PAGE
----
The bad news does not end with LifeWay’s latest survey. Considered the most comprehensive study on the religious views of teenagers ever conducted, a four year effort led by Christian Smith called the National Study of Youth and Religion in 2005 determined that the majority of American teens believe in God and worship in conventional congregations, but their religious knowledge is remarkably shallow, and they have a tough time expressing the difference that faith makes in their lives.
Though the phone survey depicted broad affinity with religion, the face-to-face interviews found that many teens’ religious knowledge was “meager, nebulous and often fallacious” and engagement with the substance of their traditions remarkably shallow. Most seemed hard put to express coherently their beliefs and what difference they make.
Many were so detached from the traditions of their faith, says the report, that they’re virtually following a different creed in which an undemanding God exists mostly to solve problems and make people feel good. Truth in any absolute, theological sense, takes a back seat.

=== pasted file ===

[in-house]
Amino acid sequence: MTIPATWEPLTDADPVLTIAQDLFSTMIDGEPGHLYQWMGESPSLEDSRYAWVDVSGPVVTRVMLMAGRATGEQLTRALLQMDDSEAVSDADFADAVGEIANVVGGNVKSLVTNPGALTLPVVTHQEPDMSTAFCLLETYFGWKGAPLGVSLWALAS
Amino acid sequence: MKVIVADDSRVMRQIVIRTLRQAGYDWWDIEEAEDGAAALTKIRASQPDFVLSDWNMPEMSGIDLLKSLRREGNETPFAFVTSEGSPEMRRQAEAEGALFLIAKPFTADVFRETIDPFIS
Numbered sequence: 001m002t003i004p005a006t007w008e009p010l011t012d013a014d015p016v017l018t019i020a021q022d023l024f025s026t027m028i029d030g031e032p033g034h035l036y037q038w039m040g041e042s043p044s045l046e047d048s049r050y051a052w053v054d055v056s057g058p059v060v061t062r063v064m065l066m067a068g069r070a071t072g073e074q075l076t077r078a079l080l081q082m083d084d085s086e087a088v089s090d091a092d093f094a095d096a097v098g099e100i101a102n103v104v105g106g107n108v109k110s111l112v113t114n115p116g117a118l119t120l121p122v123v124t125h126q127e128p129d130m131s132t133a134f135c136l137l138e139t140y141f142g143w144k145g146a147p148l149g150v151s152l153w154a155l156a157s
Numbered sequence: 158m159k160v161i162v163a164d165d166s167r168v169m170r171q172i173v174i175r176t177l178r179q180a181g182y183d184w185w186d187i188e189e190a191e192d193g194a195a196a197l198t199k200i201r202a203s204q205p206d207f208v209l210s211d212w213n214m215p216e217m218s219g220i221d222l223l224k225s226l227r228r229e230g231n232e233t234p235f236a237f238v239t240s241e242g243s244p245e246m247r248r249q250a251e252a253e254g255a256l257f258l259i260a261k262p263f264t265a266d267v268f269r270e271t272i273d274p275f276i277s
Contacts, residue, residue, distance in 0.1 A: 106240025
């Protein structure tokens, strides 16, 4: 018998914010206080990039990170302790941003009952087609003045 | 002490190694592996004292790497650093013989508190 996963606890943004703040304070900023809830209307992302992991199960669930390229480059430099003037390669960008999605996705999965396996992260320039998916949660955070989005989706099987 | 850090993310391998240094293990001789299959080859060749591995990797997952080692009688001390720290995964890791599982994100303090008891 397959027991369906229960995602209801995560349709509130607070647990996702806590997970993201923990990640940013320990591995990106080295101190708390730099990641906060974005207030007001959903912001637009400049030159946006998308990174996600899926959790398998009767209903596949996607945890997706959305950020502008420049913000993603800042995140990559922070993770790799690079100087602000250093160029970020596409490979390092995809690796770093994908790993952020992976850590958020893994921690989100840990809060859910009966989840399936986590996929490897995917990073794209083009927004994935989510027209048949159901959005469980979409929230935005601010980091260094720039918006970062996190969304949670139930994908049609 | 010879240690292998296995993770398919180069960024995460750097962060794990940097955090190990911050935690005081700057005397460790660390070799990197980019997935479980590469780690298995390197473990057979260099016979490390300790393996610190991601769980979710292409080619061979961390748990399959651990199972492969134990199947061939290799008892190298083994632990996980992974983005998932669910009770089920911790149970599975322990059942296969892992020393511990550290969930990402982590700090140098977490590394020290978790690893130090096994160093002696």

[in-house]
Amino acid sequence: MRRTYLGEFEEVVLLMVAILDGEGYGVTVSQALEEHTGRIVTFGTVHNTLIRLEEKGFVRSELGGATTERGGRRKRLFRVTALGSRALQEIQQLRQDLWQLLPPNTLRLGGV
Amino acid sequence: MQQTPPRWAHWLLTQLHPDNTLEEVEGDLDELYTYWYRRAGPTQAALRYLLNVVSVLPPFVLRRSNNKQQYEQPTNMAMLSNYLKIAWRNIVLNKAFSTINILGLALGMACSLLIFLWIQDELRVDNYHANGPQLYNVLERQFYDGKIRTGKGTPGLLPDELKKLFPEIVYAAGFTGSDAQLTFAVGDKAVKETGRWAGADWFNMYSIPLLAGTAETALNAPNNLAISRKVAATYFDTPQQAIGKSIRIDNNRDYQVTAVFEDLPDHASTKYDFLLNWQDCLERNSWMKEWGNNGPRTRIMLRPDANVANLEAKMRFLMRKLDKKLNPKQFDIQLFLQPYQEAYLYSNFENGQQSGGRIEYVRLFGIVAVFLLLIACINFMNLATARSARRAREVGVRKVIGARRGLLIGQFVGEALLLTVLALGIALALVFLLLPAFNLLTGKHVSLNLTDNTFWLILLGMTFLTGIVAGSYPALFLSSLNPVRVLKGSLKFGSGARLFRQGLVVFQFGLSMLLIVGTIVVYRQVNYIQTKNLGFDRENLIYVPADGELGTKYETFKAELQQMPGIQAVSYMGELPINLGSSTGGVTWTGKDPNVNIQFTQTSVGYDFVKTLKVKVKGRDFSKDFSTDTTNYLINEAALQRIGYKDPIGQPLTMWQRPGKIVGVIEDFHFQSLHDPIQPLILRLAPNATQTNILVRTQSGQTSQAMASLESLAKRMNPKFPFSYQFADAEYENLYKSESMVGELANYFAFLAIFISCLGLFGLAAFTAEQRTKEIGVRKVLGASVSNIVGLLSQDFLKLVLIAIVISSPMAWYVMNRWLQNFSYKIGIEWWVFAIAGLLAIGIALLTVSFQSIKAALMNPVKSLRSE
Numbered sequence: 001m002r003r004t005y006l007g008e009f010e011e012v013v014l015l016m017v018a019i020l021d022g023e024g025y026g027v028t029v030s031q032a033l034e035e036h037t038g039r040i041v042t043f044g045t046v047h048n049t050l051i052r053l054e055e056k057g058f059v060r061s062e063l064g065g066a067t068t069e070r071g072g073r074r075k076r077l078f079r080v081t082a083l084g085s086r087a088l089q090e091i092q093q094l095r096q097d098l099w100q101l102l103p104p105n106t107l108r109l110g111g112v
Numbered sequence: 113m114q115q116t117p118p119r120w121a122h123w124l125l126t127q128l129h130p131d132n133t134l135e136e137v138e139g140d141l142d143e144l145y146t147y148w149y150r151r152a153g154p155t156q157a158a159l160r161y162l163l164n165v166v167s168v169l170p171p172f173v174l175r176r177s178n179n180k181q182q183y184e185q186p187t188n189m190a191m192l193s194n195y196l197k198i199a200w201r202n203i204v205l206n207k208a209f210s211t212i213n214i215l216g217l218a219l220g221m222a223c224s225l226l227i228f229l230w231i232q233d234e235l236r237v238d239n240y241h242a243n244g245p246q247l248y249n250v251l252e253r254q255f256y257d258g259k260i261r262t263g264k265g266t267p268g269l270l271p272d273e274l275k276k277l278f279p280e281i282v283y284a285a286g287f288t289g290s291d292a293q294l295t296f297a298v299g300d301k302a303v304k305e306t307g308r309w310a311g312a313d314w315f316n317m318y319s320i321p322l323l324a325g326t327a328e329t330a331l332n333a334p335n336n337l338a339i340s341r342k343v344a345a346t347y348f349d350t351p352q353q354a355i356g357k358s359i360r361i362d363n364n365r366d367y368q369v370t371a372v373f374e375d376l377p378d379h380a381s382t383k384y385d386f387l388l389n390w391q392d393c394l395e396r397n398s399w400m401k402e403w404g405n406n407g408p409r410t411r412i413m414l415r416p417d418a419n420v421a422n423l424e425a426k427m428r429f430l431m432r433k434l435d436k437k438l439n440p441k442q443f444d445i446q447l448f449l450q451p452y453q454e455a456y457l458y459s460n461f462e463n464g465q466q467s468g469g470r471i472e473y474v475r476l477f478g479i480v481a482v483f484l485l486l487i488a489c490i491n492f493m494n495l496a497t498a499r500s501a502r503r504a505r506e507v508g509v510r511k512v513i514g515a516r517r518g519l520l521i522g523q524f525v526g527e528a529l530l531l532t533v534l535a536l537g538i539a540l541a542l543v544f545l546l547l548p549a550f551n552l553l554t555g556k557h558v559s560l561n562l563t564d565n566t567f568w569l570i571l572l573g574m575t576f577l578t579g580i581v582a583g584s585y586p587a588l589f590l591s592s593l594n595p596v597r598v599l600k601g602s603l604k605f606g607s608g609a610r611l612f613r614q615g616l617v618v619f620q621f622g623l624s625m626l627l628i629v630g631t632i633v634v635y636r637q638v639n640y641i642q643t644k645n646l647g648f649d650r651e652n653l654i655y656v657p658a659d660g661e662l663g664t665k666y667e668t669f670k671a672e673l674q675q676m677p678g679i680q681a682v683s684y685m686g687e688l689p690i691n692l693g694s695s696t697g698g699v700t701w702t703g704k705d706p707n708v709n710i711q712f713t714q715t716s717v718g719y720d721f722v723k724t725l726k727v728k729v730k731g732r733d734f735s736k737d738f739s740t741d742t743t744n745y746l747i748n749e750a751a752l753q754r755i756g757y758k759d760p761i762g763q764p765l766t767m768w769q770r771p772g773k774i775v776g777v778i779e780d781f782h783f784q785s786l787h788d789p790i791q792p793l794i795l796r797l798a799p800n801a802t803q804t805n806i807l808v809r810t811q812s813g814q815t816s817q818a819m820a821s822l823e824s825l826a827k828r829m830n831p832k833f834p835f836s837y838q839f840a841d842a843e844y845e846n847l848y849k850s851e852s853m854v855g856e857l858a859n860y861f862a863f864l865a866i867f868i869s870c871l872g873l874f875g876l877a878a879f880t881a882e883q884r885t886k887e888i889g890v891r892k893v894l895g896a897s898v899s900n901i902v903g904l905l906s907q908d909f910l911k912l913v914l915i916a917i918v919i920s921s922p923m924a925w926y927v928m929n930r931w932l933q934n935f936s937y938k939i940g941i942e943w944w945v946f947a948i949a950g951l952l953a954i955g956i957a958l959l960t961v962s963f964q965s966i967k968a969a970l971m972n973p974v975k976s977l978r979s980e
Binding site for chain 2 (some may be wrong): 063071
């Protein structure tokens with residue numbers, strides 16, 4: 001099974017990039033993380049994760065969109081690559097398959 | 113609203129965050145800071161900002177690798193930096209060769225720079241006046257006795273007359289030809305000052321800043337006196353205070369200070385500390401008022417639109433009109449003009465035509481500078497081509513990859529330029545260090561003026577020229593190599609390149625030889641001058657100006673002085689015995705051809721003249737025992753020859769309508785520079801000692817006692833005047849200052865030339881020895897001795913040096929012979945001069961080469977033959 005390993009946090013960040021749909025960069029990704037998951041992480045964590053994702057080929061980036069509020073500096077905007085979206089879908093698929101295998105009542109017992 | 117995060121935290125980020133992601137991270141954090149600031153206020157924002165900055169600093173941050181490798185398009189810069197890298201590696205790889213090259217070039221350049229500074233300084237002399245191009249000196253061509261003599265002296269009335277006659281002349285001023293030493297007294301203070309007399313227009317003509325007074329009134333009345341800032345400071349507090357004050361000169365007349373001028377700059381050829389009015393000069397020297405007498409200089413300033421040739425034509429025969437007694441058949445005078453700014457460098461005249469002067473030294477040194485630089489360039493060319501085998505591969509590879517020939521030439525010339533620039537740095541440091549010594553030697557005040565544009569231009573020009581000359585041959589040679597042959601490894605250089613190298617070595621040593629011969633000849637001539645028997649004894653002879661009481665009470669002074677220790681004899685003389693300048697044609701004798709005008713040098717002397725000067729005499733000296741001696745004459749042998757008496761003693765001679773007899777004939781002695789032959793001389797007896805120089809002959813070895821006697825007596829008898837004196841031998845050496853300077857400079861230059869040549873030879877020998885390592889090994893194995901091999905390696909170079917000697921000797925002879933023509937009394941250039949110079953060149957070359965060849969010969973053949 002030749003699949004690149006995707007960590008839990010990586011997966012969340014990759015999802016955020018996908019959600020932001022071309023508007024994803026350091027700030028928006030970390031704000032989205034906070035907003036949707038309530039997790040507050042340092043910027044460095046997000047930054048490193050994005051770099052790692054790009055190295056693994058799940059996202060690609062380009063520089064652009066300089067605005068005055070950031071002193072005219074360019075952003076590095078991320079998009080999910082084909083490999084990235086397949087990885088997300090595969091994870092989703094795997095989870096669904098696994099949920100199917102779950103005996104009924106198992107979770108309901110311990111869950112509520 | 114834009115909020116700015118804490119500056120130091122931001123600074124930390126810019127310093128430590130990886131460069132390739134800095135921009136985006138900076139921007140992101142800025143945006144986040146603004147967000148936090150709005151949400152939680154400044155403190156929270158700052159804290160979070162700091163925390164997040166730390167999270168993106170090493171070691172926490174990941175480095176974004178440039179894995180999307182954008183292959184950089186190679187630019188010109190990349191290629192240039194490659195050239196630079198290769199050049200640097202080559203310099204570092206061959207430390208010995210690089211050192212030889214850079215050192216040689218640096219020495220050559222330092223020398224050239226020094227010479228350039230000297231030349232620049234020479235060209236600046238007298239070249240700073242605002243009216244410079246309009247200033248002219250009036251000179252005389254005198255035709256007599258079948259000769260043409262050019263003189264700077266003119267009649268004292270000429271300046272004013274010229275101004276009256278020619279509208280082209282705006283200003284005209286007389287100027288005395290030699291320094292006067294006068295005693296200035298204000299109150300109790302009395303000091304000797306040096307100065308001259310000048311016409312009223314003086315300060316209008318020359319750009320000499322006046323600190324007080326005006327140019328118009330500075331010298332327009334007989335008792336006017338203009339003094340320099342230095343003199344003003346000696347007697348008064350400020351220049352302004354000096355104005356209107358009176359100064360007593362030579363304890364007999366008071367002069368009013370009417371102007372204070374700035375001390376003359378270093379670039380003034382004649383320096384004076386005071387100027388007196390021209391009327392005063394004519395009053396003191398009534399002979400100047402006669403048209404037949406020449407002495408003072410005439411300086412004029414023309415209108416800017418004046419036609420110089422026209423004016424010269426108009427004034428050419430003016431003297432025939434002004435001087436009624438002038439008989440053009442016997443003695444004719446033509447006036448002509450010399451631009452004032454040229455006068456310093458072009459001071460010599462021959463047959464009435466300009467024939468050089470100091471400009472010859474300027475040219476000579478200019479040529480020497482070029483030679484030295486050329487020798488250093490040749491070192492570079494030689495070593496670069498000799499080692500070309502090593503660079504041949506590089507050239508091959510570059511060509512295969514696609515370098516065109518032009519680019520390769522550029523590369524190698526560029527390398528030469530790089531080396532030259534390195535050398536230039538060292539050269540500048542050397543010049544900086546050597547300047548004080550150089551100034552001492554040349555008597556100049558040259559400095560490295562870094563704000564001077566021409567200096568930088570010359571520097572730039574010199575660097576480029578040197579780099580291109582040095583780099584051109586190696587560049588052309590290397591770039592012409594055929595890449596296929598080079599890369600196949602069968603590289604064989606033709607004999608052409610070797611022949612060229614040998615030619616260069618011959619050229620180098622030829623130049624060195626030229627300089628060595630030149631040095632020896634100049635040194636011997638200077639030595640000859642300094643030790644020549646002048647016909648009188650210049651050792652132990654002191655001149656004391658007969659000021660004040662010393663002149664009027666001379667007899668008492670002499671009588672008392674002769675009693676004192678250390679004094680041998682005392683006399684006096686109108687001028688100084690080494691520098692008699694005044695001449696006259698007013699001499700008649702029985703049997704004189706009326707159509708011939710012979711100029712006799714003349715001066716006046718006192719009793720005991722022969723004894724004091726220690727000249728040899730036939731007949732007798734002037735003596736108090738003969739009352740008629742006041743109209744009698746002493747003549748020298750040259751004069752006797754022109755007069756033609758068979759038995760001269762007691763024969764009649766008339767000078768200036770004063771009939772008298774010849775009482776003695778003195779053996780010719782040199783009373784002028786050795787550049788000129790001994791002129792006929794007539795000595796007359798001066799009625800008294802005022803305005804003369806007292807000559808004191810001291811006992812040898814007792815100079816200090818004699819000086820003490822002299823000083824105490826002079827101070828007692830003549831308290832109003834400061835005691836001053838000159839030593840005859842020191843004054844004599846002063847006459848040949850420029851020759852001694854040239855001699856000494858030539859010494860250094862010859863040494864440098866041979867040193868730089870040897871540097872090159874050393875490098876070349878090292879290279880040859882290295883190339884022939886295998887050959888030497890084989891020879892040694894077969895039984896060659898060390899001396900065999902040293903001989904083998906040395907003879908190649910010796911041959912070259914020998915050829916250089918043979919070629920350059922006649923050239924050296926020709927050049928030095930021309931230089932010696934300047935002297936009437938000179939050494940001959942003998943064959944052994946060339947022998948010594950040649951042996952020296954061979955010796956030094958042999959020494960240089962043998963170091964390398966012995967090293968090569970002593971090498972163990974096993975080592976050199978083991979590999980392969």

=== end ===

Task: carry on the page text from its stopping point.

“God is something like a combination Divine Butler and Cosmic Therapist” who’s on call as needed.1
From Think on These Things, Feb. 2017; used with permission.
Both statistical research and anecdotal observation come to the same conclusion—America, a nation once steeped in Scripture if not always living in obedience to God, has joined the ranks of the biblically illiterate from around the globe. Both theologians and sociologists speak of our “post-Christian” culture, which, while still being fueled to some extent by the capital of Christianity, is now all but coasting on empty.
Albert Mohler, in a short article entitled “The Scandal of Biblical Illiteracy: It’s Our Problem,” quotes pollsters George Gallup and Jim Castelli as saying, “Americans revere the Bible—but, by and large, they don’t read it. And because they don’t read it, they have become a nation of biblical illiterates.”1 As a result, Mohler documents that fewer than half of all adults can name the four Gospels, identify more than 3 disciples or name even five of the Ten Commandments. Eighty-two percent of Americans believe that “God helps those who help themselves” is in the Bible.